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The Canon 750D is a great example. The Nikon Coolpix S9900 also has GPS on board so you can location-tag photos – a neat touch.

The Samsung Galaxy Camera goes one stage further: it runs Android, so you can use apps like Facebook or Instagram direct from the camera – 3G or 4G versions are also available.

The downside is that you’ll have to buy a new camera, so the connectivity you’ll get is something to consider in the run up to a new purchase.

SD cards with Wi-Fi


If you’re keeping your current (non-connected) camera but still want to do things wirelessly, buying an SD card with a built in Wi-Fi radio could be an option.

It will both store your photos and share them automatically as you snap away, syncing them to your computer, uploading shots to social media, or sending them to your phone.

The biggest player here is Eye-Fi, which produces a range of cards. You’ll just need to pair your new storage with an existing Wi-Fi network (choose your home one) and away you go.

However, a much more widely-used option is to link them to a tablet or laptop through the Wi-Fi connection and transfer them that way – you can then upload them however you fancy.

A 32GB Eye-Fi costs a princely £60/$100, around six times as much as a standard 32GB card, and will drain your battery more quickly, but it’s a good trade off for connectivity. Toshiba’s Flash Air is cheaper, – but be warned: it won’t transfer your photos automatically to another device. You’ll have to do that manually.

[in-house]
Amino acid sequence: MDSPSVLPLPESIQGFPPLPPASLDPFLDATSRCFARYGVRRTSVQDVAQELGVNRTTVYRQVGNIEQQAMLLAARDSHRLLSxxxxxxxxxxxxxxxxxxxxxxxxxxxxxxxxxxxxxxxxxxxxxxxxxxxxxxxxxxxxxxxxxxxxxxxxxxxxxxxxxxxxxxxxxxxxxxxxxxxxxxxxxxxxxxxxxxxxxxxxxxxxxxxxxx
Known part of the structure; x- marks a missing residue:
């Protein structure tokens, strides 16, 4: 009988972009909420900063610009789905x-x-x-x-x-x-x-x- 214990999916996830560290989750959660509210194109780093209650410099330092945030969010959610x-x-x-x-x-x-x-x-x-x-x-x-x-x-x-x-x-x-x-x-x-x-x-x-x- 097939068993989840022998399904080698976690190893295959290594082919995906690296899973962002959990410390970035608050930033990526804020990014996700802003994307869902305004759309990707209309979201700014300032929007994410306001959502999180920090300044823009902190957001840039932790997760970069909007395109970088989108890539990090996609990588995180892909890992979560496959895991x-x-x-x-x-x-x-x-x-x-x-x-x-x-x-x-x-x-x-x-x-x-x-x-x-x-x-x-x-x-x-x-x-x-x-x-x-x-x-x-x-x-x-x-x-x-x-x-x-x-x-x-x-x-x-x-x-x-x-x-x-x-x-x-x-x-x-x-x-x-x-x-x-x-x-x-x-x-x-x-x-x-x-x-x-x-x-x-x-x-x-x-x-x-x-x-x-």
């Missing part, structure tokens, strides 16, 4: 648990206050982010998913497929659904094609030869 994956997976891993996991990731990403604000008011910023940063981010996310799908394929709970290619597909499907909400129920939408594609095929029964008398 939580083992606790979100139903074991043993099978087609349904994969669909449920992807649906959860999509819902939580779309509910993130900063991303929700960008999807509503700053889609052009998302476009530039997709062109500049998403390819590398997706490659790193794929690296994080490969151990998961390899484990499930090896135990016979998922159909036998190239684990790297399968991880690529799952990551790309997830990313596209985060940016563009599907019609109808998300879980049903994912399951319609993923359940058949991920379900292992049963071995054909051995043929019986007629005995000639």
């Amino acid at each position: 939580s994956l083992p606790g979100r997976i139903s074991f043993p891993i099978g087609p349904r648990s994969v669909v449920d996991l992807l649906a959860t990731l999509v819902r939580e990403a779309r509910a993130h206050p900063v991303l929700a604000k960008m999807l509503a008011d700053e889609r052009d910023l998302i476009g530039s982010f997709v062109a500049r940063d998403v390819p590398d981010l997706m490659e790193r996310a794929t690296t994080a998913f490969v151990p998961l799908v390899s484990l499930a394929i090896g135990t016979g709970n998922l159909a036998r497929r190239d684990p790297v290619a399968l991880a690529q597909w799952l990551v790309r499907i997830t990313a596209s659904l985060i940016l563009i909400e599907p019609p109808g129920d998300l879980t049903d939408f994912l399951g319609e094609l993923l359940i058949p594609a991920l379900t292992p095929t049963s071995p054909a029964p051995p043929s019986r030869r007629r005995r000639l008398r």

MicroSD Wi-Fi adapters


If the price of an Eye-Fi makes you baulk, then there’s another option: microSD card adapters with built-in Wi-Fi (such as this one from Monoprice)

They’ll allow a microSD card work in your camera’s SD card slot, and also give you internet access on the go.

They create a specific Wi-Fi network that you’ll be able to see on other devices such as your smart phone, tablet or laptop in the same way you would your Wi-Fi network at home. Connect to the network from those devices and you can view any pictures on the card in a browser, download them, and share.

They’re not as flexible as the Eye-Fis: you can’t have automatic photo upload, and you’ll need a microSD card for them to work (but you can pick one up for next to nothing).

Wi-fi camera adapters


These adapters plug into the USB port on your DSLR, where they’ll create a wireless network – similar to those generated by the microSD adapters – which you can access from a phone, tablet, or laptop.

But unlike the microSD adapters, you can set them up to automatically sync pictures as they’re taken with any devices in range of the Wi-Fi network.

Unfortunately, they only work with Nikon and Canon DSLRs. They’re expensive, too: the Camranger is $300 (£200), while the HyperDrive iUSBportCAMERA2 is $270 (£180).

Nikon has had its own stab at the market: a £65 (around $95 / AU $135) dongle that’s affordable, but it only works with mobile phones, not tablets, laptops, PCs or Macs.